Ketamine: Why Now? How? Where Do We Go from Here?

Tuesday, June 12, 2018, 2:00 pm EDT
Meet the Scientist - June 2018

Can the fast-acting antidepressant ketamine help people with PTSD? Scientists theorize that traumatic stress impairs the integrity of connections between nerve cells in the brain, leading to a variety of often debilitating problems, including those experienced by people with PTSD. Dr. Krystal explores the possibility of restoring damaged neural connections to provide relief for patients.

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Presented by 
John H. Krystal, M.D.
John H. Krystal, M.D.
Yale University School of Medicine

Robert L. McNeil, Jr. Professor of Translational Research and Professor of Psychiatry and of Neuroscience

Chair, Department of Psychiatry,

Chief of Psychiatry and Behavioral Health, Yale-New Haven Hospital

Director, Clinical Neuroscience Division, VA National Center for PTSD

Director: NIAAA Center for the Translational Neuroscience of Alcoholism

Scientific Council Member (Joined 2003)

2019 Colvin Prizewinner for Outstanding Achievement in Mood Disorders Research

2006, 2000 Distinguished Investigator Grant

1997 Independent Investigator Grant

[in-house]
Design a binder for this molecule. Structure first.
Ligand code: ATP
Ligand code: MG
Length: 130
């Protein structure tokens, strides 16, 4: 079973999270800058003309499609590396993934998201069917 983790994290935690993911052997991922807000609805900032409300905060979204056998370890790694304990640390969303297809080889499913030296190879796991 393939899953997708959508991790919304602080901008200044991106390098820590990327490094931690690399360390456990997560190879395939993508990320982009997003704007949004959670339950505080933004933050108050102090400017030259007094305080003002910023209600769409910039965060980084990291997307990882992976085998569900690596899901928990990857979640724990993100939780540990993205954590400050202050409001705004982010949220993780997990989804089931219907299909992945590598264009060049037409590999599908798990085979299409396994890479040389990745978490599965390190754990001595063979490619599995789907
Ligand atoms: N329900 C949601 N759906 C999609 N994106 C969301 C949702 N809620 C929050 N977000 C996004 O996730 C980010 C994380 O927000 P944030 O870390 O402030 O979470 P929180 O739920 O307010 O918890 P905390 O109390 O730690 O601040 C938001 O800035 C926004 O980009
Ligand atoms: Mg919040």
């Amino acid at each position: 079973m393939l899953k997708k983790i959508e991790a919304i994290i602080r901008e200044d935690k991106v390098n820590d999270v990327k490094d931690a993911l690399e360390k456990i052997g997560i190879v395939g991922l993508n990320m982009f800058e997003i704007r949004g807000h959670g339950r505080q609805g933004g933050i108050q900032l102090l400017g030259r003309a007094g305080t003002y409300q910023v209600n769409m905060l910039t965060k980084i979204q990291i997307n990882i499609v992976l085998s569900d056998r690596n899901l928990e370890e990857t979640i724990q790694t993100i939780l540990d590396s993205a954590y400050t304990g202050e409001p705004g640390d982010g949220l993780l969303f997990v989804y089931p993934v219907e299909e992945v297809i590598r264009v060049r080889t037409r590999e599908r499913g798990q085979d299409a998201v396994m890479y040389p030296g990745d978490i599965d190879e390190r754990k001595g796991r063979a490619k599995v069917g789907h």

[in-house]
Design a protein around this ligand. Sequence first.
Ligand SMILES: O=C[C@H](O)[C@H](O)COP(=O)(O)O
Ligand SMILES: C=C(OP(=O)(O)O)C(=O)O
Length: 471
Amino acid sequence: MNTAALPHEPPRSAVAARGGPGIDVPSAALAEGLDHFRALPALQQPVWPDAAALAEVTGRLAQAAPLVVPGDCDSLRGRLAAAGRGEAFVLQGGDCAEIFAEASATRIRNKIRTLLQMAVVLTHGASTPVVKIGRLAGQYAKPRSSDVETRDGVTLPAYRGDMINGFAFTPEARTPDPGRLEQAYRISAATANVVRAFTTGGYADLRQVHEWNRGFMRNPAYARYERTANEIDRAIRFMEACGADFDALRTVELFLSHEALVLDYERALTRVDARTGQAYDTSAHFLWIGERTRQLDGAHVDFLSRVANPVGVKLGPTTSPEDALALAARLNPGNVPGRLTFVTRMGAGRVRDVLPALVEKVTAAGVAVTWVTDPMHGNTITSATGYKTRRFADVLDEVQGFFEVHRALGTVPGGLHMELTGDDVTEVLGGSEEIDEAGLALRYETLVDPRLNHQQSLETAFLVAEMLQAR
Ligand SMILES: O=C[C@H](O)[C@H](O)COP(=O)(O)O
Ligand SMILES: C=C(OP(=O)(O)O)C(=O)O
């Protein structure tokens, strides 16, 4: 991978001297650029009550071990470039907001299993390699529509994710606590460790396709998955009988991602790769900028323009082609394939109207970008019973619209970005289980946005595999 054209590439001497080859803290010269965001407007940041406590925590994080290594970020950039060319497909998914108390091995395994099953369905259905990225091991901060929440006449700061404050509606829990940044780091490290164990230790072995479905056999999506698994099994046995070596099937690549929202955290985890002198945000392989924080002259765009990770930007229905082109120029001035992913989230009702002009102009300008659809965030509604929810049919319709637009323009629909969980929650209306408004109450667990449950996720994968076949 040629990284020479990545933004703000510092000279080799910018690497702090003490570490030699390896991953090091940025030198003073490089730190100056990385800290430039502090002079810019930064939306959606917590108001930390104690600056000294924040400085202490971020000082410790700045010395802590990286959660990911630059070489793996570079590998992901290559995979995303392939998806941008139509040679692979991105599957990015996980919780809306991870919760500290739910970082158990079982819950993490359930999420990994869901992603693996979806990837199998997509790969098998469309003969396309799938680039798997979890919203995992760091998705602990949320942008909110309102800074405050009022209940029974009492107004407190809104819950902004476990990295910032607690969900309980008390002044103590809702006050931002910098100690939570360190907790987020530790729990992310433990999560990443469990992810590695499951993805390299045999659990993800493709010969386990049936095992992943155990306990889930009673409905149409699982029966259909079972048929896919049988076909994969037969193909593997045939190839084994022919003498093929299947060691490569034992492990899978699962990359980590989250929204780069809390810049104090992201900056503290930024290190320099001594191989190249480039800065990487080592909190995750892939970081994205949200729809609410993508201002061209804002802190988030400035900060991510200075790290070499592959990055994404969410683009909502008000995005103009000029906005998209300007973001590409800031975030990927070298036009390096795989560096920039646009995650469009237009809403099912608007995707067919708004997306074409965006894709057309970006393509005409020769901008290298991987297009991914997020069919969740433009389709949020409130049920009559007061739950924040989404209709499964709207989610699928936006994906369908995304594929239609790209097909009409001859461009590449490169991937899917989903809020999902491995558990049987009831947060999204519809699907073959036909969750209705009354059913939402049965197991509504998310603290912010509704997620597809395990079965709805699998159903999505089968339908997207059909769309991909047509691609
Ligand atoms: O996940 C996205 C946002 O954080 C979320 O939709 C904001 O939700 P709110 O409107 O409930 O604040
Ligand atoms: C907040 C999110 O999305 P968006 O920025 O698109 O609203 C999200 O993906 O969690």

Dr. John H. Krystal is a leading expert in the areas of alcoholism, post-traumatic stress disorder, schizo-phrenia, and depression. His work links psychophar-macology, neuroimaging, molecular genetics, and computational neuroscience to study the neurobi-ology and treatment of these disorders. He is best known for leading the discovery of the rapid antide-pressant effects of ketamine in depressed patients.

In the 1990s, Dr. Krystal’s mentor and colleague, Dr. Dennis Charney, found reason to question the centrality of monoamines to depression. This led them to hypothesize that the signaling mechanisms employed by higher brain centers, particularly glutamate and GABA signaling, might be critical to depression and its treatment.

Moderated by 
Jeffrey Borenstein, M.D.
Brain & Behavior Research Foundation

President and CEO

Jeffrey Borenstein, M.D., serves as the President & CEO of the Brain & Behavior Research Foundation, the largest private funder of mental health research grants. Dr. Borenstein developed the Emmy Award-nominated public television program “Healthy Minds,” and serves as host of the series. The program, which is broadcast nationwide, focuses on topics in psychiatry in order to educate the public, reduce stigma and offer a message of hope. Dr. Borenstein also serves as Editor-in-Chief of Psychiatric News, the newspaper of the American Psychiatric Association and as an Associate Clinical Professor of Psychiatry at Columbia University College of Physicians and Surgeons.